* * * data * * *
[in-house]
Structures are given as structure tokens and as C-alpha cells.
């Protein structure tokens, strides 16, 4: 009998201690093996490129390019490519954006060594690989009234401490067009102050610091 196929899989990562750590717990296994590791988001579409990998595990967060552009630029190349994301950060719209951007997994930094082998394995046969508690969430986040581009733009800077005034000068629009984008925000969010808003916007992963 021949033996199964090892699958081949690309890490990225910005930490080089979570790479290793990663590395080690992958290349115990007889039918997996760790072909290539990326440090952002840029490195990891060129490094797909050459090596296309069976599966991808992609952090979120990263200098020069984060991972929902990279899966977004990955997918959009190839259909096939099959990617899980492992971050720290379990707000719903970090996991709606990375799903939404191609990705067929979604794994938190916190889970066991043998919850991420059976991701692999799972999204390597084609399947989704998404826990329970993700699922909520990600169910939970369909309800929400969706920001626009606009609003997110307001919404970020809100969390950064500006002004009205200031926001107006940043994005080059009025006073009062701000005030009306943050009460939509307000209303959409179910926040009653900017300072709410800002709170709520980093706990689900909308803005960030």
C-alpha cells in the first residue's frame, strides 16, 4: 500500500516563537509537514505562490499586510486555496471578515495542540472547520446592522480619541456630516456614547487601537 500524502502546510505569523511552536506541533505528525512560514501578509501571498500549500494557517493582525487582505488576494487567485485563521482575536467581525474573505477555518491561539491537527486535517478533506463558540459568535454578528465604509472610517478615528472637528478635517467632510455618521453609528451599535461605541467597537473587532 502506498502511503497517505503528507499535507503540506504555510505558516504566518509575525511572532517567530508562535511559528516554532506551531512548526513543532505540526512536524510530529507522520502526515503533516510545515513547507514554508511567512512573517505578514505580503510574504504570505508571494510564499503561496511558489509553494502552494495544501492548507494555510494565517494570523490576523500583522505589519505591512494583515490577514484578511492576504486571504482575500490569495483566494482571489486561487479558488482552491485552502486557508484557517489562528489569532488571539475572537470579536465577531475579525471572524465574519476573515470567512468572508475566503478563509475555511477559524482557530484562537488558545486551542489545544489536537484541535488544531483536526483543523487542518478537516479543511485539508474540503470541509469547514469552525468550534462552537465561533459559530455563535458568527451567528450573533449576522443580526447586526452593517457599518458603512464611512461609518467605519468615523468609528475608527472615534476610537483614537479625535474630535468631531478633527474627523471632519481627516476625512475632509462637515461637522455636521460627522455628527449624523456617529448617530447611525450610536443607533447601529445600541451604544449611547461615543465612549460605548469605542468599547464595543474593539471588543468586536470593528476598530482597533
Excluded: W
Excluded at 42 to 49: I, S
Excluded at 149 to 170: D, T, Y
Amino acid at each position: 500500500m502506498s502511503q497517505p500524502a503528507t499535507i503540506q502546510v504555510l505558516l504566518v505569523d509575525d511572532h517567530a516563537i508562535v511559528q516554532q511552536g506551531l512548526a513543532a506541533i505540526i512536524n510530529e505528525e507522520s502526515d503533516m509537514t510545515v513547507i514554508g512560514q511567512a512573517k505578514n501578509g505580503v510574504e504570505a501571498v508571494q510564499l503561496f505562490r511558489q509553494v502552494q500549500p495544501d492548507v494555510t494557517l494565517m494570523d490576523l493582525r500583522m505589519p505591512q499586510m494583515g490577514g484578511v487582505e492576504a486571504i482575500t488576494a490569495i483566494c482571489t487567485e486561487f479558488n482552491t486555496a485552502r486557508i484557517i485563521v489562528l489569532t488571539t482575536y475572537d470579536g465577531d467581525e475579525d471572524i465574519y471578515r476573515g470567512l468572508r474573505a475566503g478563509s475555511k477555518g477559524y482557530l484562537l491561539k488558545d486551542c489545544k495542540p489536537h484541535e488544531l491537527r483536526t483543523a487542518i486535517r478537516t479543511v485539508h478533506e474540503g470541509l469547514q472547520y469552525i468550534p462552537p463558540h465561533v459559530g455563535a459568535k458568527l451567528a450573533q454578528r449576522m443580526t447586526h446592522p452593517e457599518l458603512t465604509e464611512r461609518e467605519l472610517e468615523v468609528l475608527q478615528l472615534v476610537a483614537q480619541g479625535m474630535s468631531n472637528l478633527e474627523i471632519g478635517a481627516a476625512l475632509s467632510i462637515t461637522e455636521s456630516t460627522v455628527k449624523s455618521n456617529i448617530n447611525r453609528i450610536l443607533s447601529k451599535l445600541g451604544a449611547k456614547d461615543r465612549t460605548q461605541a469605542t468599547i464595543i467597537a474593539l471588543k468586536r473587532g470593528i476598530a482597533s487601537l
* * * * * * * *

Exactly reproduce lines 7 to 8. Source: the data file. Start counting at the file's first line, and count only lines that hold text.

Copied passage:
Excluded at 149 to 170: D, T, Y
Amino acid at each position: 500500500m502506498s502511503q497517505p500524502a503528507t499535507i503540506q502546510v504555510l505558516l504566518v505569523d509575525d511572532h517567530a516563537i508562535v511559528q516554532q511552536g506551531l512548526a513543532a506541533i505540526i512536524n510530529e505528525e507522520s502526515d503533516m509537514t510545515v513547507i514554508g512560514q511567512a512573517k505578514n501578509g505580503v510574504e504570505a501571498v508571494q510564499l503561496f505562490r511558489q509553494v502552494q500549500p495544501d492548507v494555510t494557517l494565517m494570523d490576523l493582525r500583522m505589519p505591512q499586510m494583515g490577514g484578511v487582505e492576504a486571504i482575500t488576494a490569495i483566494c482571489t487567485e486561487f479558488n482552491t486555496a485552502r486557508i484557517i485563521v489562528l489569532t488571539t482575536y475572537d470579536g465577531d467581525e475579525d471572524i465574519y471578515r476573515g470567512l468572508r474573505a475566503g478563509s475555511k477555518g477559524y482557530l484562537l491561539k488558545d486551542c489545544k495542540p489536537h484541535e488544531l491537527r483536526t483543523a487542518i486535517r478537516t479543511v485539508h478533506e474540503g470541509l469547514q472547520y469552525i468550534p462552537p463558540h465561533v459559530g455563535a459568535k458568527l451567528a450573533q454578528r449576522m443580526t447586526h446592522p452593517e457599518l458603512t465604509e464611512r461609518e467605519l472610517e468615523v468609528l475608527q478615528l472615534v476610537a483614537q480619541g479625535m474630535s468631531n472637528l478633527e474627523i471632519g478635517a481627516a476625512l475632509s467632510i462637515t461637522e455636521s456630516t460627522v455628527k449624523s455618521n456617529i448617530n447611525r453609528i450610536l443607533s447601529k451599535l445600541g451604544a449611547k456614547d461615543r465612549t460605548q461605541a469605542t468599547i464595543i467597537a474593539l471588543k468586536r473587532g470593528i476598530a482597533s487601537l